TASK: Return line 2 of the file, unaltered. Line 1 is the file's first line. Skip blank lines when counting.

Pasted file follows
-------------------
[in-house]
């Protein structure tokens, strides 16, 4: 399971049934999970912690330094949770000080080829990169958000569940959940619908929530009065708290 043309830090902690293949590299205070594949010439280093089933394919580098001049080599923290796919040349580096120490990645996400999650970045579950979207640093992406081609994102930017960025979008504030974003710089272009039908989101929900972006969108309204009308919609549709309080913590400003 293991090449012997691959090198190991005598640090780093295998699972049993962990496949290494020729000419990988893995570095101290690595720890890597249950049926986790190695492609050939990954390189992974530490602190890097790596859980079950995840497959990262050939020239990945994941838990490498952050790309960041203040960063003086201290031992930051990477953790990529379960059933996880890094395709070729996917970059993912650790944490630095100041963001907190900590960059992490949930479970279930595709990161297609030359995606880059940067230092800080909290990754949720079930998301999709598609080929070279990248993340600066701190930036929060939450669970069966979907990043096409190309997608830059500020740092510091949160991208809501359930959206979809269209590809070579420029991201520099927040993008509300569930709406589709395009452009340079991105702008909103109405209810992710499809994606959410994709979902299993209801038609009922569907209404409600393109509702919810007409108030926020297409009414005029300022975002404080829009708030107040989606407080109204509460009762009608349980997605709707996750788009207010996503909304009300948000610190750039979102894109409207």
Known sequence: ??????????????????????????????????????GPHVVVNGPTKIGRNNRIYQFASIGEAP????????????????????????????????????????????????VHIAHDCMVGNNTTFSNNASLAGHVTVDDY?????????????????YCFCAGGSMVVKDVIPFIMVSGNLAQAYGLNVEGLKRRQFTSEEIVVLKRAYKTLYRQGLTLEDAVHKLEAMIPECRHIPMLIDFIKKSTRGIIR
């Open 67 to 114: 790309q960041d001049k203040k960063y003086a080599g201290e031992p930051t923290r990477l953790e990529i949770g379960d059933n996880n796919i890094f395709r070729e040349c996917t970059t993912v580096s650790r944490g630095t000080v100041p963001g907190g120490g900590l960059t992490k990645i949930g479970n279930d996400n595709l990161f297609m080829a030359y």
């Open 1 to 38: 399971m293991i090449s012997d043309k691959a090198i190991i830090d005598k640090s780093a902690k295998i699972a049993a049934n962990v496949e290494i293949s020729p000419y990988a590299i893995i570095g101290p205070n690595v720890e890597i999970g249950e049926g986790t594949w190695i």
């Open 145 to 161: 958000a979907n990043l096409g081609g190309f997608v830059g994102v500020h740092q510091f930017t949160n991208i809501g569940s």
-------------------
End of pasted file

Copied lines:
């Protein structure tokens, strides 16, 4: 399971049934999970912690330094949770000080080829990169958000569940959940619908929530009065708290 043309830090902690293949590299205070594949010439280093089933394919580098001049080599923290796919040349580096120490990645996400999650970045579950979207640093992406081609994102930017960025979008504030974003710089272009039908989101929900972006969108309204009308919609549709309080913590400003 293991090449012997691959090198190991005598640090780093295998699972049993962990496949290494020729000419990988893995570095101290690595720890890597249950049926986790190695492609050939990954390189992974530490602190890097790596859980079950995840497959990262050939020239990945994941838990490498952050790309960041203040960063003086201290031992930051990477953790990529379960059933996880890094395709070729996917970059993912650790944490630095100041963001907190900590960059992490949930479970279930595709990161297609030359995606880059940067230092800080909290990754949720079930998301999709598609080929070279990248993340600066701190930036929060939450669970069966979907990043096409190309997608830059500020740092510091949160991208809501359930959206979809269209590809070579420029991201520099927040993008509300569930709406589709395009452009340079991105702008909103109405209810992710499809994606959410994709979902299993209801038609009922569907209404409600393109509702919810007409108030926020297409009414005029300022975002404080829009708030107040989606407080109204509460009762009608349980997605709707996750788009207010996503909304009300948000610190750039979102894109409207």